“We agree and hold that the unlawful restraint required for violation of section 243.4 is something more than the exertion of physical effort required to commit the prohibited sexual act. Kelly testified to something more․ Appellant, for his own sexual gratification, repeatedly touched Kelly intimately against her will. Kelly resisted physically and verbally and expressed a desire to go home, but appellant, being heavier and stronger than Kelly, restrained her despite her pleas. The evidence of unlawful restraint was ample.” (People v. Pahl, supra, 226 Cal.App.3d at p. 1661, 277 Cal.Rptr. 656, fn. omitted.)
In People v. Alford (1991) 235 Cal.App.3d 799, 286 Cal.Rptr. 762, the defendant was a correctional officer responsible for transporting inmates. On separate occasions, defendant's handcuffed victims were placed in his van. He proceeded to partially undress them and fondle their breasts with his hands and his mouth. (Id. at p. 802, 286 Cal.Rptr. 762.) He contended on appeal there was no showing of an unlawful restraint because the restraints placed on the victims were for a lawful purpose. The appellate court found defendant's assertion utterly absurd.
“In other contexts, it is recognized that what is lawfully begun can become unlawful when for example, it exceeds the bounds of reasonableness, when the conduct which would otherwise be lawful is engaged in for an improper purpose or when, as in this case, the original lawful purpose is replaced with or supplemented by an unlawful purpose․
“In this context, an inmate may lawfully be restrained for the purpose of transporting her from one correctional facility to another. However, if the inmate for a period of time is also restrained for an unlawful purpose then the restraint for that time period becomes unlawful. Thus if a person such as defendant takes advantage of the fact of the inmate's lawful restraints and engages in acts for an improper purpose, such as sexual arousal or gratification, the inmate is unlawfully restrained during the illegal acts. Stated another way, in that situation, the officer has exceeded the scope of the permissible restraint and the restraint becomes unlawful.” (People v. Alford, supra, 235 Cal.App.3d at pp. 803–804, 286 Cal.Rptr. 762.)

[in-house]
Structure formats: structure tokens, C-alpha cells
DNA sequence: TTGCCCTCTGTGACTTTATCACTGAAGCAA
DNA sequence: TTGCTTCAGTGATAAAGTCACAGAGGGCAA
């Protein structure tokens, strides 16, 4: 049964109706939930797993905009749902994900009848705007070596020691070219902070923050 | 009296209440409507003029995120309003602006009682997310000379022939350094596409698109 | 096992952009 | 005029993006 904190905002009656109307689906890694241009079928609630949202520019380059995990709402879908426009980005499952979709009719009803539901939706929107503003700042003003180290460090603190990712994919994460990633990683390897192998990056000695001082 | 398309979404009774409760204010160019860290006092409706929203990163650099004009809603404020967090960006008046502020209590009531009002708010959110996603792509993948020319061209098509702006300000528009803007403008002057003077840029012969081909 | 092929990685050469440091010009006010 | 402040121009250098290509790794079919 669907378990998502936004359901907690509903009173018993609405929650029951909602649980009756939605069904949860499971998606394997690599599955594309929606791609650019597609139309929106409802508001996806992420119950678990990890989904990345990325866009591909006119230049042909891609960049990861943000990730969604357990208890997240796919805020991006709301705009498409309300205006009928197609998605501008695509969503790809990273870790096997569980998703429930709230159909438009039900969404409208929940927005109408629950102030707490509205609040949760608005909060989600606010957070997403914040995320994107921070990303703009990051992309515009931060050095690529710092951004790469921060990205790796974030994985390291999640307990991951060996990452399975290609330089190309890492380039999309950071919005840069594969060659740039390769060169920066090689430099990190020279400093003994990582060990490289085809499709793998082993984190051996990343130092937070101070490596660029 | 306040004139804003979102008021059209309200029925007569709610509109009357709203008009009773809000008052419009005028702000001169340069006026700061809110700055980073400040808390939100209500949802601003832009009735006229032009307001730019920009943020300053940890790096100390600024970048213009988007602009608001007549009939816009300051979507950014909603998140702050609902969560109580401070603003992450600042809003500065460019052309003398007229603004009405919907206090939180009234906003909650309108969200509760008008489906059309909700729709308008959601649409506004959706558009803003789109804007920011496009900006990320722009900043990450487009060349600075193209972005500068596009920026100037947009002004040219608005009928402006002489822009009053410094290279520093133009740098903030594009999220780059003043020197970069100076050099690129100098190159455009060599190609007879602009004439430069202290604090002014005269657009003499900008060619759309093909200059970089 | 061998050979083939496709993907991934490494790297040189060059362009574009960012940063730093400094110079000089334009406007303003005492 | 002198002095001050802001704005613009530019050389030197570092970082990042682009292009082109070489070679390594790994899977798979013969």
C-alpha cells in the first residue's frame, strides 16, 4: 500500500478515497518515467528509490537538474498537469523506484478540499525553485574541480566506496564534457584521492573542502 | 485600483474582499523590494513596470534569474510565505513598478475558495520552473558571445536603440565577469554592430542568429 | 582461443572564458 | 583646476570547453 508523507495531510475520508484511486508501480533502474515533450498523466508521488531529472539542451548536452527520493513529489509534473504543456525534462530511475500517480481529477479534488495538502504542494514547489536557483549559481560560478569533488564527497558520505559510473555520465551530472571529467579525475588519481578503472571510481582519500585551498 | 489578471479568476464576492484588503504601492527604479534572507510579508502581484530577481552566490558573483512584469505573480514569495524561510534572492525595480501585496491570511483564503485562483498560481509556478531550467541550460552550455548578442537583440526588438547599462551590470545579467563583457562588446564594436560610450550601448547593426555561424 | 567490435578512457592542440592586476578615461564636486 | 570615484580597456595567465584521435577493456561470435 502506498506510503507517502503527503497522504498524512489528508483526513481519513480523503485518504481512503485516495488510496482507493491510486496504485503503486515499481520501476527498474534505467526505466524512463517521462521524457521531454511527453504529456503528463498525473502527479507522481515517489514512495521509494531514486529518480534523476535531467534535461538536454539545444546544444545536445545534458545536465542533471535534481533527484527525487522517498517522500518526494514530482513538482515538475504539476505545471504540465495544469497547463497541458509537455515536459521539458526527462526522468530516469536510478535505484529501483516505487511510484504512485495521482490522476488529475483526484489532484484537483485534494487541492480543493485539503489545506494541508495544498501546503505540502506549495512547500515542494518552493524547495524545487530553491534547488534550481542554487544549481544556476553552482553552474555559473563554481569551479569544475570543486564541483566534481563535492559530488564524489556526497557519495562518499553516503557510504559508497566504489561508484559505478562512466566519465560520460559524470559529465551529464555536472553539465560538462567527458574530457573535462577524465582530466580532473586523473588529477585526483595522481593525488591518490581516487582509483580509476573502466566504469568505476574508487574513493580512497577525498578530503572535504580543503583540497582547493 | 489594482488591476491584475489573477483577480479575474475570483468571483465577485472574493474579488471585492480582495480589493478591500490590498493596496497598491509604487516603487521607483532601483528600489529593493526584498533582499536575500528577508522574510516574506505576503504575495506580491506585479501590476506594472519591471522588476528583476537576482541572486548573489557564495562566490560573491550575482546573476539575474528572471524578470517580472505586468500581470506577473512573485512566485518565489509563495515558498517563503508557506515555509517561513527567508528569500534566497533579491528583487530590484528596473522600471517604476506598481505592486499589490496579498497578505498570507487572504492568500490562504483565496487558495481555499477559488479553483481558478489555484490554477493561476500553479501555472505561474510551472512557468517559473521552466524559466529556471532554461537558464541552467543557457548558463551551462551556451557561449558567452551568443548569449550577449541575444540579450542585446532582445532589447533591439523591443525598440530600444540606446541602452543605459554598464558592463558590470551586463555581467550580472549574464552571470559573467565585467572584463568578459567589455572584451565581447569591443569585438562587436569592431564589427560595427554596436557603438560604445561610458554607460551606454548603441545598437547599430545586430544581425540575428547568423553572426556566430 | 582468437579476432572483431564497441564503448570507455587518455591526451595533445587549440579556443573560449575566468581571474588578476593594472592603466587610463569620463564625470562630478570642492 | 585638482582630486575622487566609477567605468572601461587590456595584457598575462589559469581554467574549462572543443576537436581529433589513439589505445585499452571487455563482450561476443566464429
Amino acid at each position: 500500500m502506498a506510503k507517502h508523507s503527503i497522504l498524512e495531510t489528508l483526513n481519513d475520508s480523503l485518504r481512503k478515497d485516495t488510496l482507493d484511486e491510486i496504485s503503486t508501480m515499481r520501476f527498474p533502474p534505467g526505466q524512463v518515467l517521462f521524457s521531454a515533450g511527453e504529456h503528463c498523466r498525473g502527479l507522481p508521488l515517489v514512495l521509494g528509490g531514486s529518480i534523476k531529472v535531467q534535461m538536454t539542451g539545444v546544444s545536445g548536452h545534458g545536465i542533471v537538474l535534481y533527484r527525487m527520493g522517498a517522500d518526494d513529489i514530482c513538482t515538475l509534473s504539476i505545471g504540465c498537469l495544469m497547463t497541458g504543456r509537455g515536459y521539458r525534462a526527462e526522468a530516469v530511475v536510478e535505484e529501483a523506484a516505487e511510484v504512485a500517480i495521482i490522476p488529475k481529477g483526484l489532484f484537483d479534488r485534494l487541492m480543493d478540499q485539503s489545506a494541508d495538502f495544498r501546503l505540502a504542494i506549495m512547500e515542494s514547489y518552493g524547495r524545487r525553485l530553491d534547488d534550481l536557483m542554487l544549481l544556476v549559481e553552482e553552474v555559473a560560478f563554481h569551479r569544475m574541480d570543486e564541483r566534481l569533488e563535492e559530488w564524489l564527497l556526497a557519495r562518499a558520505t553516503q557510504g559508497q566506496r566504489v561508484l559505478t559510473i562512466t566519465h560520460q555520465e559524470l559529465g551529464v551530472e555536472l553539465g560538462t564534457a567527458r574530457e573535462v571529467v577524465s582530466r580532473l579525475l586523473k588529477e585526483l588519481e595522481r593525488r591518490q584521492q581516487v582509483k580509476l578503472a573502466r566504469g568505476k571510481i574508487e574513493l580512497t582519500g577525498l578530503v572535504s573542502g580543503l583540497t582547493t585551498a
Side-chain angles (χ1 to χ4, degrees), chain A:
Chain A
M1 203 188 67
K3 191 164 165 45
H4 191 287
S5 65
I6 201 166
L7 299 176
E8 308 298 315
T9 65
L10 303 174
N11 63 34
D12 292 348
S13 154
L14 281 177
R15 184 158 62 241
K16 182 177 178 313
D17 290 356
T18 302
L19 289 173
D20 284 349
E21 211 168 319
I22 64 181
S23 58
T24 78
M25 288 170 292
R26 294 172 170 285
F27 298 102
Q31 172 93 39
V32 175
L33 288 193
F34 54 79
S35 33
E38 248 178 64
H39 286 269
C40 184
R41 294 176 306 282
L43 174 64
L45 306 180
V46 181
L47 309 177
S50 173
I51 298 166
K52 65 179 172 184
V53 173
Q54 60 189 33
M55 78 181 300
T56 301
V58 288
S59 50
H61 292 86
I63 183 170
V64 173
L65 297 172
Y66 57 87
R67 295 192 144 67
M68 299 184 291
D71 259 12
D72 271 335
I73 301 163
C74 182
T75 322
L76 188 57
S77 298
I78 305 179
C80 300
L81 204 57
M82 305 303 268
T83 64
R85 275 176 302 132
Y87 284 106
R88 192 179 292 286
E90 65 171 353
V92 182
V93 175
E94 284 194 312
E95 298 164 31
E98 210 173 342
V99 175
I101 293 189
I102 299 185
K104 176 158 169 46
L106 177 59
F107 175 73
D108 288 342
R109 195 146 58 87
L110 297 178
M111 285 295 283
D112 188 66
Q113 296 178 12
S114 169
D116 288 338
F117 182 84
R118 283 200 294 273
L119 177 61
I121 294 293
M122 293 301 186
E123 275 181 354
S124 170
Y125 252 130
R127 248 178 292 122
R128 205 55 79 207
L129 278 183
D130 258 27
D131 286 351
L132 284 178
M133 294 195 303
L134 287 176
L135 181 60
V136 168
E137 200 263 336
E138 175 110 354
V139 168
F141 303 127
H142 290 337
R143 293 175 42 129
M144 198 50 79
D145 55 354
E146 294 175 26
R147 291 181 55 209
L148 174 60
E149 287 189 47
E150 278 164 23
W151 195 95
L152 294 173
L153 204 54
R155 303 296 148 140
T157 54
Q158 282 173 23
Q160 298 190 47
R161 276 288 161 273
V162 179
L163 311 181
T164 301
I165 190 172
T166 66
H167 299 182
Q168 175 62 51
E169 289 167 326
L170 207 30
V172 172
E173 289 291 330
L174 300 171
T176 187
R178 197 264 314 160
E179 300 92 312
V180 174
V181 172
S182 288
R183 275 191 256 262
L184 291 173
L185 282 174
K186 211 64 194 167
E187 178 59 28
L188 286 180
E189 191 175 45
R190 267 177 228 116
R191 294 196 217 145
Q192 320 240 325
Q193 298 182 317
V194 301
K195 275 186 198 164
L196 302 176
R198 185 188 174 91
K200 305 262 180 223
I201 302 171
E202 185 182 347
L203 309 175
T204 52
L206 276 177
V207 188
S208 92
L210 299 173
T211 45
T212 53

The statute which contains an element of restraint which bears the closest resemblance to the “unlawful restraint” language in section 243.4 is the false imprisonment statute. “False imprisonment is the unlawful violation of the personal liberty of another.” (§ 236.)
“ ‘ “In order to constitute a case of false imprisonment, it is essential that there be some restraint of the person; but it is not necessary that there be confinement in a jail or prison. Any exercise of force, or express or implied threat of force, by which in fact the other person is deprived of his liberty or is compelled to remain where he does not wish to remain, or to go where he does not wish to go, is false imprisonment. The wrong may be committed by acts or by words, or both, and by merely operating upon the will of the individual or by personal violence, or both․” [Citations.]’ ” (People v. Riddle (1987) 189 Cal.App.3d 222, 228, 234 Cal.Rptr. 369.)